Eilliot Eisner is helpful to me in his claim that all institutions teach not one but three curricula. The explicit curriculum is what is presented consciously and with intention. The implicit curriculum is what we teach by our patterns, organizations, and procedures that frame the explicit curriculum. The null curriculum is the curriculum that exists because it is left out.2 Although these virtues are fundamentally a response to divine grace, as leaders and teachers in a variety of institutions we are responsible for human initiatives in which we ourselves and others are on the pathway of divine transforming grace. Let me clarify that I do believe that we must be attentive to a range of virtues to define the public practice of civility–patience, integrity, humility, and mutual respect in civil conversations. However, for me, respect is one of the most fundamental of these virtues.
I recall how this basic presupposition of “respect” was challenged by faculty colleagues at an institution that I formerly served. As a part of an initiative for faculty “diversity training,” we had retained the services of Eric H.F. Law, an ordained Episcopal priest and professional consultant in the area of multicultural leadership and organizational development. To start our day, Law offered communication ground rules which he called “respectful communication guidelines.” These guidelines were as follows:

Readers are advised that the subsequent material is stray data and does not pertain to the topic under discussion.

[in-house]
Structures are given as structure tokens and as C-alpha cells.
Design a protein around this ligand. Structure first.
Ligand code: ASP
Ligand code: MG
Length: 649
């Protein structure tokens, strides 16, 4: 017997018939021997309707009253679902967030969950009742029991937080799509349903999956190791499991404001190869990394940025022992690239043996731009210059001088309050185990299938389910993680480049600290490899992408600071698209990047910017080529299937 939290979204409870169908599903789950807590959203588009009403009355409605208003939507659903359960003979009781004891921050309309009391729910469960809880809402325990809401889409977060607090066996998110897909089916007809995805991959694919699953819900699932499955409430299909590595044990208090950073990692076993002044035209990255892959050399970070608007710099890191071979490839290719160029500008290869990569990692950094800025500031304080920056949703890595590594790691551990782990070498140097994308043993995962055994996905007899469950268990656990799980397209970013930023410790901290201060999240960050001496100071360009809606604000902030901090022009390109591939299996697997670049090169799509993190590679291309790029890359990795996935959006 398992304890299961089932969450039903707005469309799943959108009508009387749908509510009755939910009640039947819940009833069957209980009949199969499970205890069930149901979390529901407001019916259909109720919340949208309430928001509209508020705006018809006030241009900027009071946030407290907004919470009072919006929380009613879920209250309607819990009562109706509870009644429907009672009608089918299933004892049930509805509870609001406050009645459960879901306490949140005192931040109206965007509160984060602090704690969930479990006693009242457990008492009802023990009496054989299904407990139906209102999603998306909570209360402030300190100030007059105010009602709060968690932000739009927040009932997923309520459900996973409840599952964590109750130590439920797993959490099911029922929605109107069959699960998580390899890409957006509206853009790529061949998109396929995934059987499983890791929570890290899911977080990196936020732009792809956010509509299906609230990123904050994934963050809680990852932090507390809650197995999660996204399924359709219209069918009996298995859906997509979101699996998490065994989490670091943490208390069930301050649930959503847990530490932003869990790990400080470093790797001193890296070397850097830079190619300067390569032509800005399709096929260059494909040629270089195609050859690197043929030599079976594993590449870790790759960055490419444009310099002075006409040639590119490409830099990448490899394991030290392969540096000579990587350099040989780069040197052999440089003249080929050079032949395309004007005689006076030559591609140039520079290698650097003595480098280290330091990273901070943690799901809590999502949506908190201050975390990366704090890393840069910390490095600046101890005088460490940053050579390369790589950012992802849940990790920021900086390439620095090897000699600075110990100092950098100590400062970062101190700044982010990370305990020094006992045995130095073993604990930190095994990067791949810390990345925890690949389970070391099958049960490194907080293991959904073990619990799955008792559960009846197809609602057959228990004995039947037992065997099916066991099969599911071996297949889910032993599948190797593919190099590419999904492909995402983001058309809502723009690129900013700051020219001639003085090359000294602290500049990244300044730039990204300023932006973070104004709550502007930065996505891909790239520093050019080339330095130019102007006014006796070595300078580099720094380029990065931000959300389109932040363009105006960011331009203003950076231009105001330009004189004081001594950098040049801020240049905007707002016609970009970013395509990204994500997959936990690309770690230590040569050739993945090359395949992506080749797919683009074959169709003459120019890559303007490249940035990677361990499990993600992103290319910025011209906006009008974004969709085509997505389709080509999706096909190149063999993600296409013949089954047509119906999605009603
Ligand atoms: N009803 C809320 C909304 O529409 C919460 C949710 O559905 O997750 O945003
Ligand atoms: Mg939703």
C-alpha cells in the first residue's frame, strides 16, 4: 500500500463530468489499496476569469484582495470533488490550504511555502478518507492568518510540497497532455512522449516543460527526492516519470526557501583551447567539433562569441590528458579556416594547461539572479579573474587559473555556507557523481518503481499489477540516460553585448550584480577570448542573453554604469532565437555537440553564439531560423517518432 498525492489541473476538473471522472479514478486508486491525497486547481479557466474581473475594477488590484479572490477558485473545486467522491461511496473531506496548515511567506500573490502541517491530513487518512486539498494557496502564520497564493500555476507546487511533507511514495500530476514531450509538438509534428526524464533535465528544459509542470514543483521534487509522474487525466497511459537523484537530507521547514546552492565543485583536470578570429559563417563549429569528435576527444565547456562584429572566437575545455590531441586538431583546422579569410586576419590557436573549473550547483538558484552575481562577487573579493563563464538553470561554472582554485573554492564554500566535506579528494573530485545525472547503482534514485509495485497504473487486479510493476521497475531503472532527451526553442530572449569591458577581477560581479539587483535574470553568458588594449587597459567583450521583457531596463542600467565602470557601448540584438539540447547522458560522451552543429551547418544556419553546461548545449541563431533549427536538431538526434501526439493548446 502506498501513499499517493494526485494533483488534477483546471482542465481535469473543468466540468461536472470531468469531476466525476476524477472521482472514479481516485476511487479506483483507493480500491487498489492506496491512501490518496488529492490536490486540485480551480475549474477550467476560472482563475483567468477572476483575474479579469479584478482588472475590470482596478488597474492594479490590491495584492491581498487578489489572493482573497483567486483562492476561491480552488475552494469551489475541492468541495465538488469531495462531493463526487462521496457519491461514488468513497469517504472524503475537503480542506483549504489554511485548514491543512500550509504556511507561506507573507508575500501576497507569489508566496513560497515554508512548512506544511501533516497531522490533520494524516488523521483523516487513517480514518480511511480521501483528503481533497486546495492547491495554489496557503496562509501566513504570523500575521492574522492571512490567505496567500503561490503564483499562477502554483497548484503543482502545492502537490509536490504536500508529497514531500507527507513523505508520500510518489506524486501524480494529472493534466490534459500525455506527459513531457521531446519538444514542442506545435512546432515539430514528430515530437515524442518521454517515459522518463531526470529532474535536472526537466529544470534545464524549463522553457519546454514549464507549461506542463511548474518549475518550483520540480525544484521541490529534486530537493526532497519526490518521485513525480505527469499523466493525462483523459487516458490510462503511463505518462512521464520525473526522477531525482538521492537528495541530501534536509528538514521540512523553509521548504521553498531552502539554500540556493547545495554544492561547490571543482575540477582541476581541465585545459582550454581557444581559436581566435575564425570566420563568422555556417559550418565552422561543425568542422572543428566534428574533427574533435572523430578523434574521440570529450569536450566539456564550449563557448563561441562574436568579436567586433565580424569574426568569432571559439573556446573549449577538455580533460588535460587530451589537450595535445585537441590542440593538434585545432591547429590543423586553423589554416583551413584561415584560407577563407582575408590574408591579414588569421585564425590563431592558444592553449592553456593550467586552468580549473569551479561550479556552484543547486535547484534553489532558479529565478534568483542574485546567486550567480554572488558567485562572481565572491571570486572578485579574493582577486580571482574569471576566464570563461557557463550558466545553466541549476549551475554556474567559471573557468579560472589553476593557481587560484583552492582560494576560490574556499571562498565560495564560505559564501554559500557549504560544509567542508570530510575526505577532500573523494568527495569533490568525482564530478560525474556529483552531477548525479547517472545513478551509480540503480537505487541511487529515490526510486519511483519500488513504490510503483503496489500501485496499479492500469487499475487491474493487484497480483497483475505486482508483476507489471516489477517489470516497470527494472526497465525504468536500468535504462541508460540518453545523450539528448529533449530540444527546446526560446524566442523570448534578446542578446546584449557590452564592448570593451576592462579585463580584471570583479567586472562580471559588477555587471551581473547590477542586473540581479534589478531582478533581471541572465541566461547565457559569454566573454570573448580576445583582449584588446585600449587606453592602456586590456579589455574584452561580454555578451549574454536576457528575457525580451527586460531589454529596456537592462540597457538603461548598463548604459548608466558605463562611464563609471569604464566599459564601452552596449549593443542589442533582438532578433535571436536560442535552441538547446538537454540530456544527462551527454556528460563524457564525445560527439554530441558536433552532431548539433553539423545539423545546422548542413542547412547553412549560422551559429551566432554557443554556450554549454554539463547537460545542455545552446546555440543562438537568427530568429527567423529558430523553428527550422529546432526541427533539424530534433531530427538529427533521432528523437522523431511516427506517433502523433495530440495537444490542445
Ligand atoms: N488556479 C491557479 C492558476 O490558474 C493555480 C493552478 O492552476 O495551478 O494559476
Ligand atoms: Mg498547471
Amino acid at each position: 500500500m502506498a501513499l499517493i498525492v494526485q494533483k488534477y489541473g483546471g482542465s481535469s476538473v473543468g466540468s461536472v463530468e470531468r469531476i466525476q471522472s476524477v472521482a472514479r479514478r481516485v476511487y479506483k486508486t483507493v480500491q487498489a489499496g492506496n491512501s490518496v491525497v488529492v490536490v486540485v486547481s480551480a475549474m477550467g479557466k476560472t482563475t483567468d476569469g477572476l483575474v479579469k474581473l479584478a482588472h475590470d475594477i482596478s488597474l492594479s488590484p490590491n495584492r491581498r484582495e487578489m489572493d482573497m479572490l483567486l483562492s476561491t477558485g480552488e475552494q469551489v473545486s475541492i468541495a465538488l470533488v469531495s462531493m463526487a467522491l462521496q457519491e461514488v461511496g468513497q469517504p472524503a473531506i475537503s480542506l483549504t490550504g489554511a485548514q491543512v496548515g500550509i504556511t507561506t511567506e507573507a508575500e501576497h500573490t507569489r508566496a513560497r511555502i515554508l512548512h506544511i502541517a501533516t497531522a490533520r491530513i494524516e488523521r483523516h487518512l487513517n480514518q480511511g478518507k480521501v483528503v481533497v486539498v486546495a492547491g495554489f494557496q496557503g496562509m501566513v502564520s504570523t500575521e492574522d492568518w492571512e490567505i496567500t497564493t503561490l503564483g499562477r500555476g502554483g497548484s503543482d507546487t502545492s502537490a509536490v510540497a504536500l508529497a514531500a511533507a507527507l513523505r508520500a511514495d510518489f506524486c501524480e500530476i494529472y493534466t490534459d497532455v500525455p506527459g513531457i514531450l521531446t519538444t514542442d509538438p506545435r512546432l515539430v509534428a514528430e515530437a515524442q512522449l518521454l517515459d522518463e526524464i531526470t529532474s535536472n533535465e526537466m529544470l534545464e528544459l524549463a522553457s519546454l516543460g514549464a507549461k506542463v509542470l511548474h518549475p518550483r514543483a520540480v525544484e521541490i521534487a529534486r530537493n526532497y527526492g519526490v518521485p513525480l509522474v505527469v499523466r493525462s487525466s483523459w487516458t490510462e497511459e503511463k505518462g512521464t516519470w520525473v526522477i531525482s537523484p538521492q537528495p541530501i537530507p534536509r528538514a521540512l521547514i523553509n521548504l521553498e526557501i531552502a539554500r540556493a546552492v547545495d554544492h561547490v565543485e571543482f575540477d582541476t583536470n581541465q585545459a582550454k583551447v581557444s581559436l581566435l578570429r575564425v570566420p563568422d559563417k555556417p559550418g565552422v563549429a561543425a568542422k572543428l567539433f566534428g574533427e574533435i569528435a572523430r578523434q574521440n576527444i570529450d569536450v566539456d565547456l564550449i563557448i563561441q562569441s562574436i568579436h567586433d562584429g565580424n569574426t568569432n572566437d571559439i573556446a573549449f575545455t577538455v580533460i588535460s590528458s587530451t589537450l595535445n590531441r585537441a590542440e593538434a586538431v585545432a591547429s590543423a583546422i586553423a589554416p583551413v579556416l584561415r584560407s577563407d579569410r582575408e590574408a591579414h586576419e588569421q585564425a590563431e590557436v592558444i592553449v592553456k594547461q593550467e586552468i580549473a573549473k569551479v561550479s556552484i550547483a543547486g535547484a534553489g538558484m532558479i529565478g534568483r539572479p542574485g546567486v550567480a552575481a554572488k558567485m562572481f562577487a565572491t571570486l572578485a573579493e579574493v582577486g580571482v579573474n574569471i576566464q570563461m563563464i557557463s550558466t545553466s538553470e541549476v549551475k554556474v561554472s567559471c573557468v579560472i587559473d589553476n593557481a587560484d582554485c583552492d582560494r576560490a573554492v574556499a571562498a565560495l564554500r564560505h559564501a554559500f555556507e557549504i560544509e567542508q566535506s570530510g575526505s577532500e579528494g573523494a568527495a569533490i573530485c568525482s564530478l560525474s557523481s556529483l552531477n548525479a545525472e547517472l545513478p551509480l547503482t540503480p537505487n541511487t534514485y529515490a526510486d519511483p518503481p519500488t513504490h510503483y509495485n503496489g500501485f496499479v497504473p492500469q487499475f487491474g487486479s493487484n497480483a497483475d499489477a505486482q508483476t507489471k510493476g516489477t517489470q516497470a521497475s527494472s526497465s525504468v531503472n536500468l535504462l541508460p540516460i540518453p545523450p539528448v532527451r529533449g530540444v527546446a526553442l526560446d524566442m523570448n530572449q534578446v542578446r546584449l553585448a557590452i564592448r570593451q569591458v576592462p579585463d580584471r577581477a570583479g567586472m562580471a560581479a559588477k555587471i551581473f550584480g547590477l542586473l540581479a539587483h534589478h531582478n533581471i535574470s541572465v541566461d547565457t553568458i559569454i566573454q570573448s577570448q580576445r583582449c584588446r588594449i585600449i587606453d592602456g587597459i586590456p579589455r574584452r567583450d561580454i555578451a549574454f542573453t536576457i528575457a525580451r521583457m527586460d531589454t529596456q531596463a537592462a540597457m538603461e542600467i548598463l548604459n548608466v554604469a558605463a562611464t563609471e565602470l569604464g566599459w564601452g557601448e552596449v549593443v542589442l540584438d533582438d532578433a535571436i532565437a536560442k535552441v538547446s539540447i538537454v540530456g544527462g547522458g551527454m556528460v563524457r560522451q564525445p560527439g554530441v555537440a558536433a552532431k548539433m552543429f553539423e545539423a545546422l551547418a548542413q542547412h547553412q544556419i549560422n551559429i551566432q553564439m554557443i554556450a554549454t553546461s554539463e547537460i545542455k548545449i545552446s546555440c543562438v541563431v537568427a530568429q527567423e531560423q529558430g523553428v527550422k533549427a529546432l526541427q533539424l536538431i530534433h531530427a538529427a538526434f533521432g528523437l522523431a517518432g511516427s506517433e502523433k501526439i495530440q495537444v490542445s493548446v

R= Take RESPONSIBILITY for what you say and feel without blaming
S=Be SENSITIVE to differences in communication styles
P=PONDER what you hear and feel before you speak
E=EXAMINE your own assumptions and perceptions
T=TOLERATE ambiguity because we are not here to debate who is
right or wrong.3